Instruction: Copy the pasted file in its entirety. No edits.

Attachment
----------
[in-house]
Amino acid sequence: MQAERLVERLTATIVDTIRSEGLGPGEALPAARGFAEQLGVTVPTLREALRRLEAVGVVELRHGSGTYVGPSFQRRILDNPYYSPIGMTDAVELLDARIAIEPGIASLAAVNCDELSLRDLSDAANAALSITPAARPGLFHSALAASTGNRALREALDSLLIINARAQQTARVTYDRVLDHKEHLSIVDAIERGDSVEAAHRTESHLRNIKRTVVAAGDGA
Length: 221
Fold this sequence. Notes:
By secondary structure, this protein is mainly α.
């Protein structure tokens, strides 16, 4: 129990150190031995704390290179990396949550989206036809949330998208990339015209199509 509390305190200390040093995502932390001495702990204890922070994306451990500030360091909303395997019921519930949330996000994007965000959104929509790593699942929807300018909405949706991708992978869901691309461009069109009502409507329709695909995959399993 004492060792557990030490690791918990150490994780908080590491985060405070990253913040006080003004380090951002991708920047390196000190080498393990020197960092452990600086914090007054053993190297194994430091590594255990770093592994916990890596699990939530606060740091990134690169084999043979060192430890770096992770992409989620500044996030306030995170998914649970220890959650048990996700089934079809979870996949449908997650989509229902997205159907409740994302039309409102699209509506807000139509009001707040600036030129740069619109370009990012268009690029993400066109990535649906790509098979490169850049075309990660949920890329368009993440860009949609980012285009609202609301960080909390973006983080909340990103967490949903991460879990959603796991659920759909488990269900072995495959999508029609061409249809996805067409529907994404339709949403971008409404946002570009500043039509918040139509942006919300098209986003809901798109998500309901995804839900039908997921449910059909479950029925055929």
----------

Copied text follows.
[in-house]
Amino acid sequence: MQAERLVERLTATIVDTIRSEGLGPGEALPAARGFAEQLGVTVPTLREALRRLEAVGVVELRHGSGTYVGPSFQRRILDNPYYSPIGMTDAVELLDARIAIEPGIASLAAVNCDELSLRDLSDAANAALSITPAARPGLFHSALAASTGNRALREALDSLLIINARAQQTARVTYDRVLDHKEHLSIVDAIERGDSVEAAHRTESHLRNIKRTVVAAGDGA
Length: 221
Fold this sequence. Notes:
By secondary structure, this protein is mainly α.
């Protein structure tokens, strides 16, 4: 129990150190031995704390290179990396949550989206036809949330998208990339015209199509 509390305190200390040093995502932390001495702990204890922070994306451990500030360091909303395997019921519930949330996000994007965000959104929509790593699942929807300018909405949706991708992978869901691309461009069109009502409507329709695909995959399993 004492060792557990030490690791918990150490994780908080590491985060405070990253913040006080003004380090951002991708920047390196000190080498393990020197960092452990600086914090007054053993190297194994430091590594255990770093592994916990890596699990939530606060740091990134690169084999043979060192430890770096992770992409989620500044996030306030995170998914649970220890959650048990996700089934079809979870996949449908997650989509229902997205159907409740994302039309409102699209509506807000139509009001707040600036030129740069619109370009990012268009690029993400066109990535649906790509098979490169850049075309990660949920890329368009993440860009949609980012285009609202609301960080909390973006983080909340990103967490949903991460879990959603796991659920759909488990269900072995495959999508029609061409249809996805067409529907994404339709949403971008409404946002570009500043039509918040139509942006919300098209986003809901798109998500309901995804839900039908997921449910059909479950029925055929």